P.M. Turnbull delivers in Apia
Australian Prime Minister Malcolm Turnbull might have been the last leader to arrive for the 48th Pacific Islands Forum Meeting in Apia but once he touched down, it was business right away.
Mr. Turnbull held bilateral talks with the Prime Minister Tuilaepa Sa’ilele Malielegaoi and later announced a number of initiatives by Australia to help the Pacific region.
Among them was a hi-tech fixed-wing aircraft to patrol the Pacific oceans and the offer that 2000 Pacific Islanders will be able to get a three-year visa to work in rural and regional communities in Australia.
The Prime Minister said Australia hopes the aerial surveillance mission across the waters will help detect and disrupt illegal fishing.
“This surveillance will be operationally controlled by the P.I.F’s Forum Fisheries Agency in Honiara. Flights are expected to commence before the end of the year and will also be able to assist in addressing issues such as transnational crime and people smuggling.”
The following is a media statement issued by Turnbull about his trip to Samoa:
“The Pacific Islands Forum (P.I.F) brings together leaders of all Pacific nations to drive stronger regional cooperation and advance our collective security and prosperity.
At last year’s P.I.F in Pohnpei, I committed to ‘step up’ Australia’s engagement in the Pacific. Today, I am delivering on that promise. Australia is introducing a series of practical initiatives that will bolster regional cooperation on common security challenges and integrate Pacific Island economies more closely with our own.
This year’s PIF follows the successful conclusion in 2017 of the RAMSI operation in Solomon Islands. RAMSI demonstrated what can be achieved when Australia and our Pacific partners work together to manage common security challenges.
I was pleased that Pacific leaders agreed today to commence work on a new regional security declaration to strengthen cooperation between our countries. This will position the region better to address threats such as people smuggling, transnational organised crime, cyber attacks and major disease outbreaks.
The protection of the oceans and their resources is a vital national interest for all PIF countries. That’s why Australia will also fund a new aerial surveillance mission across the waters of PIF members to help detect and disrupt illegal fishing. This surveillance will be operationally controlled by the PIF’s Forum Fisheries Agency in Honiara. Flights are expected to commence before the end of the year and will also be able to assist in addressing issues such as transnational crime and people smuggling. This new program complements our existing support to regional security efforts through Patrol Boats. The first keel of the new Pacific Patrol Boats was recently laid down in Western Australia - the first of these will be delivered to Papua New Guinea in late 2018.
Australia will also expand its national security training and assistance in the Pacific to support the development of tailored responses to national security challenges.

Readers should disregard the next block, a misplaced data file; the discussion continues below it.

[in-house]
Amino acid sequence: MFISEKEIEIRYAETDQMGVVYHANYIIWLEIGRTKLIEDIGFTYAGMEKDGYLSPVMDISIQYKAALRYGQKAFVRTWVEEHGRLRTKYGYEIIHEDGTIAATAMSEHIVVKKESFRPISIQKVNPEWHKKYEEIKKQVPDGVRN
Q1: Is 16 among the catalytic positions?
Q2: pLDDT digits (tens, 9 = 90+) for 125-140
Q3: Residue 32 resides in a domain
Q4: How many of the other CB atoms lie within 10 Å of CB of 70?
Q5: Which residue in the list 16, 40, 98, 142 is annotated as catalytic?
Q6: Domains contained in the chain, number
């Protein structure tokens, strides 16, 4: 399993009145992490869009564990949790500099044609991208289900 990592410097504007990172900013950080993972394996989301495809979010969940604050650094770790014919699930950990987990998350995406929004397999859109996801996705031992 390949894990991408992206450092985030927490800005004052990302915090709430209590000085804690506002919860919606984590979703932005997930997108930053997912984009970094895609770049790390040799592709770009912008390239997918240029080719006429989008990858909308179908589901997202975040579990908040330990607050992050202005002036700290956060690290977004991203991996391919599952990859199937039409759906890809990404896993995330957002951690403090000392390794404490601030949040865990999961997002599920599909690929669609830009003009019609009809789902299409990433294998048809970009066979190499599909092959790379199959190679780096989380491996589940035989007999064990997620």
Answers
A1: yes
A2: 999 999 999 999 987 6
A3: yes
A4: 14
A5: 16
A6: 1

Today, I signed new umbrella security arrangements with Tuvalu and Nauru which will provide a framework for new engagement on identity, border and health security. I will also sign agreements with Nauru, Tuvalu and Tonga to bolster health security by providing support through the Therapeutic Goods Administration for medicine quality and safety testing of drugs in these three countries. This will reduce costs and increase assurances about the safety and efficacy of drugs.
A new Pacific Labour Scheme in 2018 will give Pacific Island citizens opportunities to work in rural and regional Australia for up to three years, and help plug labour shortages in our towns and on our farms. Kiribati, Nauru and Tuvalu will have first access to the scheme, with an initial intake of up to 2,000 workers. Australia will also establish a new Pacific Labour Facility to support the scheme – helping connect Australian employers with workers and monitoring its social and economic impacts.
This initiative builds on the very successful and longstanding Seasonal Worker Program, which itself will be streamlined to support Australian employers and Pacific Island workers to access the program more effectively. My Government is also working with the Australian financial sector, the International Monetary Fund and the New Zealand Government to reduce the cost of remittances so that workers can more easily send home a portion of their income to support their communities.
The PACER Plus trade agreement is central to achieving better integration of economies in the Pacific. Negotiations for the agreement were concluded in Brisbane this year. Economic prosperity and security in the Pacific is good for all Australians, so I was pleased that Vanuatu joined the agreement as its 11th signatory yesterday.
CLOSER GOVERNMENTS AND COMMUNITIES
My Government will continue to build strong relationships between governments, communities and businesses in the Pacific through a new $2.2 million, two-year Pacific Connect pilot program. This program will bring together Pacific and Australian leaders across the public and private sectors to learn from each other; the first year’s focus will be on ‘Bringing the Digital Revolution to the Pacific’.
All these initiatives reflect the deep commitment of Australia and its PIF partners to strengthen our practical partnerships, embrace opportunities and manage the shared challenges we face in a changing world.